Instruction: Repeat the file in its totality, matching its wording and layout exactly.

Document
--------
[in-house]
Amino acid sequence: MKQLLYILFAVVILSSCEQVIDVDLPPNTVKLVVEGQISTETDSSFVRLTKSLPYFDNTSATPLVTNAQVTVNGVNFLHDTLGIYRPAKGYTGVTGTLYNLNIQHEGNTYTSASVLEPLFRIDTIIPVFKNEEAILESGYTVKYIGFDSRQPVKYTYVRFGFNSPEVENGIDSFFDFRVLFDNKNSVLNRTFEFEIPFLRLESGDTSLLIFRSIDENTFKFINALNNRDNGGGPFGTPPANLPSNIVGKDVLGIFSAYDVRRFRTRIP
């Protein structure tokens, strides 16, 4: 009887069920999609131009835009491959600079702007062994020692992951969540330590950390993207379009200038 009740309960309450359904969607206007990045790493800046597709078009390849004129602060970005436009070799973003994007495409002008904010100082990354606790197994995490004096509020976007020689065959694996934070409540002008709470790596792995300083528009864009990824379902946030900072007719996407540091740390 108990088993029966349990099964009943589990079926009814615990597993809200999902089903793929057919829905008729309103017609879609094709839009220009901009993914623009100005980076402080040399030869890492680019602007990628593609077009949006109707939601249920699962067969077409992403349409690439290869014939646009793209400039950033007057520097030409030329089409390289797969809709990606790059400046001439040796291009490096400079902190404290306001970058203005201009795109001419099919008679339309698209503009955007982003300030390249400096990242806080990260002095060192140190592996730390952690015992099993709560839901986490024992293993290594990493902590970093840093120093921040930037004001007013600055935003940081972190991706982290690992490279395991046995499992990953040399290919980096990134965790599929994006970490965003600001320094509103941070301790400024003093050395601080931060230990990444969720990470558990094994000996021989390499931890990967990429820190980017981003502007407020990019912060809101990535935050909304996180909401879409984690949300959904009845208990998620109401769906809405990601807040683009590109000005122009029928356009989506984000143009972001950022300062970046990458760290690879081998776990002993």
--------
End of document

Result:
[in-house]
Amino acid sequence: MKQLLYILFAVVILSSCEQVIDVDLPPNTVKLVVEGQISTETDSSFVRLTKSLPYFDNTSATPLVTNAQVTVNGVNFLHDTLGIYRPAKGYTGVTGTLYNLNIQHEGNTYTSASVLEPLFRIDTIIPVFKNEEAILESGYTVKYIGFDSRQPVKYTYVRFGFNSPEVENGIDSFFDFRVLFDNKNSVLNRTFEFEIPFLRLESGDTSLLIFRSIDENTFKFINALNNRDNGGGPFGTPPANLPSNIVGKDVLGIFSAYDVRRFRTRIP
């Protein structure tokens, strides 16, 4: 009887069920999609131009835009491959600079702007062994020692992951969540330590950390993207379009200038 009740309960309450359904969607206007990045790493800046597709078009390849004129602060970005436009070799973003994007495409002008904010100082990354606790197994995490004096509020976007020689065959694996934070409540002008709470790596792995300083528009864009990824379902946030900072007719996407540091740390 108990088993029966349990099964009943589990079926009814615990597993809200999902089903793929057919829905008729309103017609879609094709839009220009901009993914623009100005980076402080040399030869890492680019602007990628593609077009949006109707939601249920699962067969077409992403349409690439290869014939646009793209400039950033007057520097030409030329089409390289797969809709990606790059400046001439040796291009490096400079902190404290306001970058203005201009795109001419099919008679339309698209503009955007982003300030390249400096990242806080990260002095060192140190592996730390952690015992099993709560839901986490024992293993290594990493902590970093840093120093921040930037004001007013600055935003940081972190991706982290690992490279395991046995499992990953040399290919980096990134965790599929994006970490965003600001320094509103941070301790400024003093050395601080931060230990990444969720990470558990094994000996021989390499931890990967990429820190980017981003502007407020990019912060809101990535935050909304996180909401879409984690949300959904009845208990998620109401769906809405990601807040683009590109000005122009029928356009989506984000143009972001950022300062970046990458760290690879081998776990002993």